Add to that a 15” woofer and it’s easy to see why this amp can be just as easily used as a small PA system and for electronic drums as it can be used for your keyboards. This amplifier offers 4-channel mixing with both XLR and ¼” inputs, as well as outputs of the same formats. It also includes a Studio RCA input, giving it a slightly unique edge against some of the other amps featured above.
The sound quality and amplification power of the BEHRINGER KXD12 is widely lauded amongst its users, and it is consistently rated amongst the highest keyboard amps on the market for a reason. It might not be the most portable or convenient piece of equipment around there, but it’s certainly one of the most able.
- Bi-amped 600-Watt 4-channel PA System / Keyboard Amplifier
- True bi-amping amplifier design delivers dedicated power for LF and HF drivers
- Revolutionary Class-D amplifier technology: enormous power, incredible sonic performance and light weight.Dedicated 7-band graphic EQ
- World-famous, British engineered 12'' TURBOSOUND speaker and 1'' driver
- Ultra-high quality KLARK TEKNIK FX processor with 100 presets including reverb, chorus, flanger, delay, pitch shifter and various multi-effects
A vacuum tube amplifier that offers 50w of power despite its relatively compact sound, the Vox VX50KB offers clean and crisp sound amplification with 2-way coaxial speakers. Rather than providing a one-to-one recreation but louder, the unique Nutube circuity tends to add a warmer sound that might be more closely associated with the sound of a guitar amp these days. That said, many users do approve of the rather different sound of the Vox amp.
Each of the three channels of this amp benefits from a bass-reflex cabinet. This is able to provide the power needed for bass sounds while filtering out distortions and disruptions, offering a much cleaner sound. Other worthwhile features include the 3-band EQ, LINE/MIC inputs, and a line out that can connect the amp directly to a PA system.
The Vox VX50KB more resembles a traditional electric guitar amp more than any of the other choices here and it operates much like one as well. It’s sturdy, it’s portable, it provides a warmer tint to the output that tends to fit more classic sounds than anything. If you don’t mind the way that a tube amp is likely to affect the tone of your sound, then this offers good quality and power. However, while it provides clean highs and mids, there have been some occasions where there’s a bit of hiss on lower tones.
- 50W Keyboard Amp with Nutube Circuitry
- Bass-reflex Cabinet
- Coaxial Speaker
Compact, with a lower power rating than most of the apps featured here, this 20W, 2-channel amp is primarily designed to work as an acoustic guitar amplifier, but it also works well as a keyboard amplifier. However, it’s not as versatile as the others mentioned above, rather it tends to work best for some very particular settings.
The low amount of channels and lower power rating mean that this certainly isn’t going to help you get heard on a larger stage or amongst a band including drummers and guitar players. However, where the Coolmusic AC20 shines is as a practice keyboard amp for the studio, as well as for solo performances.
One of the unique benefits that this device has over the others, however, is that it is fully Bluetooth compatible. A such, it can form a wireless connection with all manner of digital devices, on top of having a USB plugin. This way, you can connect it to sound mastering software to access the customization features that the amplifier itself does not offer.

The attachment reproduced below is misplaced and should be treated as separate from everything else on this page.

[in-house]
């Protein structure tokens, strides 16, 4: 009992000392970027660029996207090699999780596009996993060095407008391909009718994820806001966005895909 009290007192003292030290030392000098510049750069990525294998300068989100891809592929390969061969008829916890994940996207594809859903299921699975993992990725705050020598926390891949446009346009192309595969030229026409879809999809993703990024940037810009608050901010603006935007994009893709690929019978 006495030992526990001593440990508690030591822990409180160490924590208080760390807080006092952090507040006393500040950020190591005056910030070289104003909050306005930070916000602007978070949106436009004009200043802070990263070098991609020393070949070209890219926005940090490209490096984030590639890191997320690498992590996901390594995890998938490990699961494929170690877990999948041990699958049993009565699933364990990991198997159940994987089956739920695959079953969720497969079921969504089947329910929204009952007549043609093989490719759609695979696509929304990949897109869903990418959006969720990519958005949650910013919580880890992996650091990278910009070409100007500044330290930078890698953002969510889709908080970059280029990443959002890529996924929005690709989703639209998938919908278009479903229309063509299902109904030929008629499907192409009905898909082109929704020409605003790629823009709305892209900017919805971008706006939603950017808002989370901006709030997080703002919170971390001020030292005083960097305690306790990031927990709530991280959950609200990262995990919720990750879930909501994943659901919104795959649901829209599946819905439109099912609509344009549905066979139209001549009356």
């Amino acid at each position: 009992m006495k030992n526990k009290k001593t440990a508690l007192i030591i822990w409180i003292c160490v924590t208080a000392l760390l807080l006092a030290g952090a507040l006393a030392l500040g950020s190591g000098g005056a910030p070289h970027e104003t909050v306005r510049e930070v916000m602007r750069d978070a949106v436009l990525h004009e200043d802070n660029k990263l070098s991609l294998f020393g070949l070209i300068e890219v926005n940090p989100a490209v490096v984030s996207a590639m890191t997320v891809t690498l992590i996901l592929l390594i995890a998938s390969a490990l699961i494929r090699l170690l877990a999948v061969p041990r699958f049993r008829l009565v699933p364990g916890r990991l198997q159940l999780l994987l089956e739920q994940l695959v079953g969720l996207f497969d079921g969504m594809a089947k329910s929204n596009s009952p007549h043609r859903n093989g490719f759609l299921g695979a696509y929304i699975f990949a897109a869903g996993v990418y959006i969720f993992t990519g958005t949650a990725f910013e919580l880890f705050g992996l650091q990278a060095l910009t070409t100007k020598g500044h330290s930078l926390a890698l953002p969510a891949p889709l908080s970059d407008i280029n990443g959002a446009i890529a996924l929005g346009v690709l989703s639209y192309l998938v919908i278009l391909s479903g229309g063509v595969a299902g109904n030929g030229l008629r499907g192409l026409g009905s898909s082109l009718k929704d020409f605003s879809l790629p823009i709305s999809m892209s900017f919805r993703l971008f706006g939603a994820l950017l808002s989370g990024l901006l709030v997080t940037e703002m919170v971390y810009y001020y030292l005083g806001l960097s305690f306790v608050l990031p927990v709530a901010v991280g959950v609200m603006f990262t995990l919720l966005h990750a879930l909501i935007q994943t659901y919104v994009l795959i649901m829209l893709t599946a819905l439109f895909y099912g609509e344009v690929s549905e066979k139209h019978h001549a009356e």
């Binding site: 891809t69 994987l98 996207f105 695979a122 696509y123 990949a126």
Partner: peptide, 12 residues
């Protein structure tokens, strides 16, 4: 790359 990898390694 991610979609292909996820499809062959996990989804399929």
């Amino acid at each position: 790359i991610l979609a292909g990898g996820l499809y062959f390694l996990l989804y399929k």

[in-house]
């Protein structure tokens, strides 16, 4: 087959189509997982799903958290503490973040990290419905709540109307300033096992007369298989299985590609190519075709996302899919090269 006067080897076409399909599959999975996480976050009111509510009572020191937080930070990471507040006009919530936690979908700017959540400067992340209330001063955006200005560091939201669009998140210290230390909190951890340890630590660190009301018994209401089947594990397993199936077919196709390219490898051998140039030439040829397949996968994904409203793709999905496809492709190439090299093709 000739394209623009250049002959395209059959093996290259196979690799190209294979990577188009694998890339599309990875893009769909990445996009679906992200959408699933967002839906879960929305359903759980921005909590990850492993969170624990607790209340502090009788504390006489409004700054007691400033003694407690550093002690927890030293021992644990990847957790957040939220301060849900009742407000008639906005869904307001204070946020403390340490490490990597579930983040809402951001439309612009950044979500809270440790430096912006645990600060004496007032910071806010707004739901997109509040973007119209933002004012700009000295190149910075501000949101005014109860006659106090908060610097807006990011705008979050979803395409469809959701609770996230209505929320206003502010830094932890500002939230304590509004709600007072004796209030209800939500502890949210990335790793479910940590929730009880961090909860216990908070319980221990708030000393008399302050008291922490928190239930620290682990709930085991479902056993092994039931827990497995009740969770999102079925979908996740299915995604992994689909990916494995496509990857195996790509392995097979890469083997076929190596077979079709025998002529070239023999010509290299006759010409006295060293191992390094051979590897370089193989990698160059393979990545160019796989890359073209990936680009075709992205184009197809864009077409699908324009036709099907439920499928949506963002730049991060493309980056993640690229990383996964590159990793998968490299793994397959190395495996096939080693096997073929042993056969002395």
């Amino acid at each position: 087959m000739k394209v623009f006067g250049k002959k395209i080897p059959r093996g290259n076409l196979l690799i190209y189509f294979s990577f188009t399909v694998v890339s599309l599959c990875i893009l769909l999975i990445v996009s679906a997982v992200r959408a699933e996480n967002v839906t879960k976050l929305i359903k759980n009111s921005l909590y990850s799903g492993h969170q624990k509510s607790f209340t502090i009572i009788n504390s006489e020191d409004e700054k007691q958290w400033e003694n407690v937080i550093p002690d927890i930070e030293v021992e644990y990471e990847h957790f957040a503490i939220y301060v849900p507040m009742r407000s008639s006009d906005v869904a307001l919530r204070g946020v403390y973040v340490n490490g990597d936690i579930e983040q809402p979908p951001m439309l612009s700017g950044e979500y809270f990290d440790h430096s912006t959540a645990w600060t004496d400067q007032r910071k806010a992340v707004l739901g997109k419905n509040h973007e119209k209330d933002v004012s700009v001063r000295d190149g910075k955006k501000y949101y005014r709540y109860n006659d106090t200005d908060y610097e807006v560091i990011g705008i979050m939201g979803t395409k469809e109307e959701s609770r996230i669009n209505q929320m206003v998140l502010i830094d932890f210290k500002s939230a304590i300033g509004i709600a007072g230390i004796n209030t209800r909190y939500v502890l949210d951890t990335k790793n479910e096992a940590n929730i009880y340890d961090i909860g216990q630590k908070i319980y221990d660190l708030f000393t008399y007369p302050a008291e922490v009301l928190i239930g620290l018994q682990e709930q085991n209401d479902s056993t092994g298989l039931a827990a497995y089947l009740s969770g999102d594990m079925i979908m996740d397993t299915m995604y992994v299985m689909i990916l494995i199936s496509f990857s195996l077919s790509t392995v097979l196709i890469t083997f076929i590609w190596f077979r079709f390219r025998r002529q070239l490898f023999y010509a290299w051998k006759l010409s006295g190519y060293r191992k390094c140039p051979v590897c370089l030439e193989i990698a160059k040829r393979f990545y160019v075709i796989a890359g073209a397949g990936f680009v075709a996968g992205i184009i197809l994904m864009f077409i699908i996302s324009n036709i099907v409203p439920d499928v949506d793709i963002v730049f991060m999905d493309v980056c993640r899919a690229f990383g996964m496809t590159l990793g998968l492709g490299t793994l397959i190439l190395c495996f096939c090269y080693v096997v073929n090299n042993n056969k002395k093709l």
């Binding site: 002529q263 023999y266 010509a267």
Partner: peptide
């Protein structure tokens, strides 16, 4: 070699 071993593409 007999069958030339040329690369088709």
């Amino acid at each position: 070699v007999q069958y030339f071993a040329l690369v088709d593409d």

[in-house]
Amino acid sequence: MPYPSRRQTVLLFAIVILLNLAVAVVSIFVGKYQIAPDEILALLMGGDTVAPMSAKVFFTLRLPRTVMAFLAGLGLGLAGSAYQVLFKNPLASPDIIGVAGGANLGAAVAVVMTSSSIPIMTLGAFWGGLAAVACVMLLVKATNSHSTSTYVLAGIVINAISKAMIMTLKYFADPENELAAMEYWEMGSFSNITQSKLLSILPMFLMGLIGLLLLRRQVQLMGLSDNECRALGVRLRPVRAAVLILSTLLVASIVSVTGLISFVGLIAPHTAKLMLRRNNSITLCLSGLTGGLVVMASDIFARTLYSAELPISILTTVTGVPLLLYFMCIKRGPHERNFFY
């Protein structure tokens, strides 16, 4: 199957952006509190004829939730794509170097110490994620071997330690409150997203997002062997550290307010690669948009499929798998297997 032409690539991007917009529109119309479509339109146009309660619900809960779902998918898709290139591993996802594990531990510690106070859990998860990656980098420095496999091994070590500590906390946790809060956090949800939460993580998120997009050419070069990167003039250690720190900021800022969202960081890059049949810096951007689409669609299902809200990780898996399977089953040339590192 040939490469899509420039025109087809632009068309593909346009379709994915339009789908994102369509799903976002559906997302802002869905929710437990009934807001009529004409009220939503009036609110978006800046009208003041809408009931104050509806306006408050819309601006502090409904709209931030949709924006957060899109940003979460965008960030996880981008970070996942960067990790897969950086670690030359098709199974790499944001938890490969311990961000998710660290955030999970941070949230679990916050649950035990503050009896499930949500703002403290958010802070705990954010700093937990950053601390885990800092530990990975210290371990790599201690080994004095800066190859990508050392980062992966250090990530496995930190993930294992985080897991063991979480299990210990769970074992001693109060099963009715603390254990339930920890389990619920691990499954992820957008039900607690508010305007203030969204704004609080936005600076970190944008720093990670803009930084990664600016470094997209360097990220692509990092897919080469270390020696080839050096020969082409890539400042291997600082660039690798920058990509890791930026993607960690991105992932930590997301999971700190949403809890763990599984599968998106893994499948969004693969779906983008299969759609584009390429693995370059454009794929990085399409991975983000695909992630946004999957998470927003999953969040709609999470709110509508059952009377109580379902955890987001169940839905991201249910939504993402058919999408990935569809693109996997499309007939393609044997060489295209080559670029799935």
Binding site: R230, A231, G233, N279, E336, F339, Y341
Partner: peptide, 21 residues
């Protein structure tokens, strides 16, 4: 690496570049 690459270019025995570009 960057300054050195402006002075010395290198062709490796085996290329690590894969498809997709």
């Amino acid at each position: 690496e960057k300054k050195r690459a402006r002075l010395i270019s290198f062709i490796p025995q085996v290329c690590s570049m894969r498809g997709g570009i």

When it comes to the pure power or the versatility of some of the devices mentioned above, the Coolmusic AC20 is not going to be able to provide what they can. However, if you want an accessible and affordable practice amp or one that will work in smaller venues, it does just fine.
Top Keyboard Amp Features To Consider
The amps featured above may share certain qualities, such as being able to provide decent quality amplification. However, they have many more differences besides. Aside from having different numbers of channels and features, they are each suited to different uses. Some are better for playing to a crowd in a large venue, while others might only be well-suited for solo performances. Here, we’re going to look at how you can tell what you should be looking for.
When we look at the power of an amp, be it 20w, 200w, or anything beyond or between, we are looking at precisely how much it can amplify the sound of your keyboard. As such, if you’re looking to play amongst a band or to a large crowd, then you are going to need more power behind the amplification. Amps that provide a smaller amount of power aren’t as well suited to being heard in such settings.
Size and portability
Another feature that needs to be given more attention is just how convenient the amp is for your needs. If you’re a solo performer who needs to be able to transport it on a regular basis, then choosing a larger amp without a handle might give you some trouble. However, there are other highly portable options featured above, as well, to help with that. More powerful amps do tend to be larger and heavier, so it’s something to consider.
Channels, inputs, outputs
The vast majority of keyboards are going to use ¼” inputs and outputs that are compatible with modern keyboards, as well as XLR ports for microphones. However, the number of inputs and outputs you might need could change. Similarly, you should make sure to choose an amp with the amount of channels that you need. The channels dictate how many instruments you can connect while separating their controls. A one-channel amp can still have multiple inputs for different instruments, but they will all be controlled by the same options on the amp.
Sound effects and changes
Most keyboards are not going to change the sound of the instrument very much. However, there are some, such as older vacuum tube types that can change the tone of it slightly, such as making it warmer. More general amps may also have effects like chorus and reverb, though these are rarely found on an amp designed specifically for keyboards.
Of course, choosing an amp that falls within the range of your budget should always be a consideration. You’re not likely to find a high-quality amp that is both feature-complete and offers high-quality sound. Usually, we would recommend sacrificing additional features for a better price rather than sound quality.
Hopefully, the guide above, alongside the different amps reviewed, has helped you form an idea of which device is going to suit your needs. There are different types of keyboard amplifiers for many different environments and uses. It’s all about finding the one that’s specific to you.